“He was a standout yearling, but in that environment, it was nothing to cry about,” Whiteley said.

Whiteley and the Robinsons sold Champagne Glow’s most recent foal, a weanling A. P. Warrior filly, to Susan Casner for $130,000 at the 2010 Keeneland November sale. In both cases, Whiteley said, the partners were fortunate to sell their horses into good racing programs that can maximize any innate talent.

“It took me a while to figure out how to mate Champagne Glow correctly, so I blame myself that some of her earlier foals did not go on as successfully as these last few,” Whiteley said. “But I’m very happy that I haven’t been getting in her way lately.”

Champagne Glow produced her first stakes performer in 2004 at 16, and she has only gotten better since. She foaled Champagne d’Oro, winner of last year’s Acorn and Test Stakes, at 19 and Ruler On Ice at 20. That produce record gives Whiteley and the Robinsons some good ammunition against one of their pet peeves: the Thoroughbred market’s prejudice against mares who are 10 and up.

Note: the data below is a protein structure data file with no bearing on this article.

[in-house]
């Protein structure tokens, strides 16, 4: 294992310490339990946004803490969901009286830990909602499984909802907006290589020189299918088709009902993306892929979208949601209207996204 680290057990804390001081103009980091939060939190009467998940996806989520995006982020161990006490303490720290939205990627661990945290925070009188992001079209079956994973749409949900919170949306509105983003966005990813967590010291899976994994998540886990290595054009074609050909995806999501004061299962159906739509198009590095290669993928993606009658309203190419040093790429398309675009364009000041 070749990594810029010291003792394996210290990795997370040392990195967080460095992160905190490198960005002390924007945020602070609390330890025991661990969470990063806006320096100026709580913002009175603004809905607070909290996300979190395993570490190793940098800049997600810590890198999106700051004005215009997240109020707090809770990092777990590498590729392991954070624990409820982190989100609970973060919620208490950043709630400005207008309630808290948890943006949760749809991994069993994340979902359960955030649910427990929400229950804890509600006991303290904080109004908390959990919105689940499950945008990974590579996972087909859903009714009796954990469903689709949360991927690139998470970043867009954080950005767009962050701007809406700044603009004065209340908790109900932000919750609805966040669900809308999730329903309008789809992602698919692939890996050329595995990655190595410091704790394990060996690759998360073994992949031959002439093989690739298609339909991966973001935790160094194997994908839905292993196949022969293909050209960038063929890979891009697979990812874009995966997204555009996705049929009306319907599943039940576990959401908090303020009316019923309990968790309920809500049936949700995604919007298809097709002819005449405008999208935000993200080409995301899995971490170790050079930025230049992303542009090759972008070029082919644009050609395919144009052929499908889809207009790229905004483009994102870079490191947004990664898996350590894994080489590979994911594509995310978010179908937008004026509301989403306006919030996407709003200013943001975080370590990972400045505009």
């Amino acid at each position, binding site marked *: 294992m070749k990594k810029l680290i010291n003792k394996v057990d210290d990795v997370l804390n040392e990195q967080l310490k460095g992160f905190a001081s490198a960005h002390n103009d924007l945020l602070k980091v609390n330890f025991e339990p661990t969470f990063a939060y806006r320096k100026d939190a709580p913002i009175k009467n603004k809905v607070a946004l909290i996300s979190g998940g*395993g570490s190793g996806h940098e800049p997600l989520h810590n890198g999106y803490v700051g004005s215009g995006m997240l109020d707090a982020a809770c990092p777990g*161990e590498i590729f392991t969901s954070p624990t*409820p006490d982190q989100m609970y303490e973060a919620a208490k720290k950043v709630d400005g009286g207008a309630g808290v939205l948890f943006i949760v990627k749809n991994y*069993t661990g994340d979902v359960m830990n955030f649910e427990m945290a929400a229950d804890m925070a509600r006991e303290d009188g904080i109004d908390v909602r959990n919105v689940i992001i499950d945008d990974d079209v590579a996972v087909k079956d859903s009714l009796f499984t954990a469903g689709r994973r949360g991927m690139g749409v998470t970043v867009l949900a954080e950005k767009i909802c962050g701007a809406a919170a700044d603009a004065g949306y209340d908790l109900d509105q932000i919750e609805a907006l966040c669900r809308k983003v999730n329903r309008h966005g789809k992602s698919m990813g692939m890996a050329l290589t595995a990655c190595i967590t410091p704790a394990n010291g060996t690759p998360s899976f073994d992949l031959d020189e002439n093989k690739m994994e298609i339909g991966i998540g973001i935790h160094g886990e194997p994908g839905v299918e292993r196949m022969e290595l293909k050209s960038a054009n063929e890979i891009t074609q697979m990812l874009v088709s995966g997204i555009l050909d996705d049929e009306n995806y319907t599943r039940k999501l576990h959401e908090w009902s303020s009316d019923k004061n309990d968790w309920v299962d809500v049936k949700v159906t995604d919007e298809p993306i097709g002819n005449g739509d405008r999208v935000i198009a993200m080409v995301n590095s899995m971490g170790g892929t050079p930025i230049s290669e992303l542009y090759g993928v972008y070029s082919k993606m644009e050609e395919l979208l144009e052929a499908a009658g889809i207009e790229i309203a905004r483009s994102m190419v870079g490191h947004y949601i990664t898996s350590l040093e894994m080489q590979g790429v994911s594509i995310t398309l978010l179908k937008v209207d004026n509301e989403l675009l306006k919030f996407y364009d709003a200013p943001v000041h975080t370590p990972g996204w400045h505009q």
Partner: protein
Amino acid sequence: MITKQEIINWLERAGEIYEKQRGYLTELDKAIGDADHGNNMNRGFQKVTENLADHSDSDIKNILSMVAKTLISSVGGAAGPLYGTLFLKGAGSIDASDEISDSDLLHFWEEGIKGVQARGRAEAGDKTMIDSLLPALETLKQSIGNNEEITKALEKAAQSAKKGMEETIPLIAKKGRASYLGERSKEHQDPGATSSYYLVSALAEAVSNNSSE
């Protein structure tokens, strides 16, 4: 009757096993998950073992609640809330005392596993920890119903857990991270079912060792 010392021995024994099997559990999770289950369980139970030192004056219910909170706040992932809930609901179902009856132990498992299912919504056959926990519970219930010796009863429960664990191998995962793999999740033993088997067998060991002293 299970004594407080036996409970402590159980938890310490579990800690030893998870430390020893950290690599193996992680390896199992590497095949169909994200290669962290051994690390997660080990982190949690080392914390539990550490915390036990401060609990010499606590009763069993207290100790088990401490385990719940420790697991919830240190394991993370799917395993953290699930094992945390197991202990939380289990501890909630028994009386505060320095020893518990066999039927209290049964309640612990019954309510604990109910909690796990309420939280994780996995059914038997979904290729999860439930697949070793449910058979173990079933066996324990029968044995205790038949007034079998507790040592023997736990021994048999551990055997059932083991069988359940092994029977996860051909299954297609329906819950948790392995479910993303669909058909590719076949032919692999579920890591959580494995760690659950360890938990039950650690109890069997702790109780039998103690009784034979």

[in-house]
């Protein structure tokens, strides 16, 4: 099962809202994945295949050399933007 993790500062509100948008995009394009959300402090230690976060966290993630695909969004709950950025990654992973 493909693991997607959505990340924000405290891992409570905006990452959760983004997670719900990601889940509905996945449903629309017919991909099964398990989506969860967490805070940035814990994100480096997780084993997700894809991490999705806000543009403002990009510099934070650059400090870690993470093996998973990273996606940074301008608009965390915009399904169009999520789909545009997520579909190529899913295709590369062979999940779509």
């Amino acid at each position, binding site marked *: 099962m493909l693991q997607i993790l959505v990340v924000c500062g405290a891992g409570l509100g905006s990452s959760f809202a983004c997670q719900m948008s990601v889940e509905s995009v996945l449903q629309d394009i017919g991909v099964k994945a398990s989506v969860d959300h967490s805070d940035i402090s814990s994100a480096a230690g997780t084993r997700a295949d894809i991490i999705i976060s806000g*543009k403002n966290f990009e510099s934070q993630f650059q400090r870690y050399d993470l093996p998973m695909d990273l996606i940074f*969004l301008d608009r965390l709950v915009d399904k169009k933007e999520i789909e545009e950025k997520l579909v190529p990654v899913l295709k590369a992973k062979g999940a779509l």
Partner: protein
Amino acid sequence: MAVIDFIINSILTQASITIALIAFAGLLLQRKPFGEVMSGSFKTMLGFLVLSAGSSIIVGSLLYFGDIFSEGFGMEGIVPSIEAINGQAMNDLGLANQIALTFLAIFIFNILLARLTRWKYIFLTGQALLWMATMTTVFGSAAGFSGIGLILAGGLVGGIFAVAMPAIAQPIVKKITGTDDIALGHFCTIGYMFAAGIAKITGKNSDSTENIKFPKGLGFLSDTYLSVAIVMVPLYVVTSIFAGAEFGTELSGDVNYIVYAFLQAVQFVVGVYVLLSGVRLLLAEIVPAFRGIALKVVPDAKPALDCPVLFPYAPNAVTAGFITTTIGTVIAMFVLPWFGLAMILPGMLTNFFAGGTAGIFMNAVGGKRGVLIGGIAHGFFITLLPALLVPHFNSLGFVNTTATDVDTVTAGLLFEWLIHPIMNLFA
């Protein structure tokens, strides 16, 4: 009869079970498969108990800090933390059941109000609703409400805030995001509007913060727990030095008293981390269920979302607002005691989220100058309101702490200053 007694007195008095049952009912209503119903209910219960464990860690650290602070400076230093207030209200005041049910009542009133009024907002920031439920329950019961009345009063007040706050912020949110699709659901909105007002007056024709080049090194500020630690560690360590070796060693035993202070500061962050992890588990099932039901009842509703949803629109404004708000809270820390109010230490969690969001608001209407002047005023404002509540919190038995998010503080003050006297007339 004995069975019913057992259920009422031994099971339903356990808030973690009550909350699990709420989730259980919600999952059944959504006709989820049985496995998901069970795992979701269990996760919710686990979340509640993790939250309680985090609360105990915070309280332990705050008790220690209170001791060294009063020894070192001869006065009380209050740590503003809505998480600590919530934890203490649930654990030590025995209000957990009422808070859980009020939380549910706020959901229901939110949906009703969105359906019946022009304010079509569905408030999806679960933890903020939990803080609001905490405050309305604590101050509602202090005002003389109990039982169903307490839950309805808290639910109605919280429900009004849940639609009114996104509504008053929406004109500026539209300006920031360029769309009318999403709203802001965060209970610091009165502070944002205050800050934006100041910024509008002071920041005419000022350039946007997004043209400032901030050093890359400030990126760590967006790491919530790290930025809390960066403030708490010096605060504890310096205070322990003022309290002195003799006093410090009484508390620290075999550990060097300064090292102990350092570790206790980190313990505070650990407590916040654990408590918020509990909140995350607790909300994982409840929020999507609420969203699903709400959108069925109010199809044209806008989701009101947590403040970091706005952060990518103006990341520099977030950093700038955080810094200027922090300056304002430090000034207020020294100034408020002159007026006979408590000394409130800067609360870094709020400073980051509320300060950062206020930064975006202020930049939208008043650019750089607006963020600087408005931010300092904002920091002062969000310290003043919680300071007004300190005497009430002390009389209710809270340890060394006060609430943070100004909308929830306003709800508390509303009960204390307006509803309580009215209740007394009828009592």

“If Ruler On Ice doesn’t put the final nail into the longstanding and silly myth and stigma that older mares can’t produce top racehorses, nothing ever will,” Whiteley said. “If an older mare produces a quality-looking foal, it is a quality foal. The genetics don’t change.”

“An older mare is going to tell you when she’s done,” Robinson said. “I think a lot of it has to do with taking really good care of your mares year after year. There’s no reason why, if you have a normal foal, that an older mare’s foal won’t be just as good and, in this case, maybe even better.”

Whiteley and the Robinsons hope Champagne Glow doesn’t have plans to retire just yet, because at 23, she could be in foal again.

“We actually bred Champagne Glow back to Roman Ruler the day before the Belmont,” Whiteley said, “so fingers crossed that she’s carrying a full sibling.”